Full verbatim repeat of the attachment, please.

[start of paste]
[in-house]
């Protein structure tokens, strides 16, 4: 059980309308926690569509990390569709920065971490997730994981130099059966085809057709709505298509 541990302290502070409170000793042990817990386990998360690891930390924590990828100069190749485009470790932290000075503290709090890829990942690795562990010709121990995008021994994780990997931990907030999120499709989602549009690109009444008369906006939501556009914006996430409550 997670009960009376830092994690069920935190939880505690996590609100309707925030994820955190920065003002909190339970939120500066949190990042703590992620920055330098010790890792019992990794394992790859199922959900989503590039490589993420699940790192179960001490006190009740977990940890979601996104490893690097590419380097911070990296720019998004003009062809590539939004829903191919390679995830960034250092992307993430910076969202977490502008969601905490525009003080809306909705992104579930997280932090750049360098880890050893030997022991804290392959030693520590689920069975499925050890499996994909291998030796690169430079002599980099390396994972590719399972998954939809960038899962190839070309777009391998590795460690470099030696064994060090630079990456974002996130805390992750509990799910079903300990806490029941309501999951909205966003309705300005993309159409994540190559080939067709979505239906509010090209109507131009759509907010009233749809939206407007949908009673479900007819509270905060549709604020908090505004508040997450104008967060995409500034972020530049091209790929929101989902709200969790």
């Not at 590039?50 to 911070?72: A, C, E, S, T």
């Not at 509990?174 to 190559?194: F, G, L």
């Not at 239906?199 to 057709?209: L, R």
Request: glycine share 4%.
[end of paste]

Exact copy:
[in-house]
């Protein structure tokens, strides 16, 4: 059980309308926690569509990390569709920065971490997730994981130099059966085809057709709505298509 541990302290502070409170000793042990817990386990998360690891930390924590990828100069190749485009470790932290000075503290709090890829990942690795562990010709121990995008021994994780990997931990907030999120499709989602549009690109009444008369906006939501556009914006996430409550 997670009960009376830092994690069920935190939880505690996590609100309707925030994820955190920065003002909190339970939120500066949190990042703590992620920055330098010790890792019992990794394992790859199922959900989503590039490589993420699940790192179960001490006190009740977990940890979601996104490893690097590419380097911070990296720019998004003009062809590539939004829903191919390679995830960034250092992307993430910076969202977490502008969601905490525009003080809306909705992104579930997280932090750049360098880890050893030997022991804290392959030693520590689920069975499925050890499996994909291998030796690169430079002599980099390396994972590719399972998954939809960038899962190839070309777009391998590795460690470099030696064994060090630079990456974002996130805390992750509990799910079903300990806490029941309501999951909205966003309705300005993309159409994540190559080939067709979505239906509010090209109507131009759509907010009233749809939206407007949908009673479900007819509270905060549709604020908090505004508040997450104008967060995409500034972020530049091209790929929101989902709200969790």
């Not at 590039?50 to 911070?72: A, C, E, S, T």
């Not at 509990?174 to 190559?194: F, G, L």
């Not at 239906?199 to 057709?209: L, R």
Request: glycine share 4%.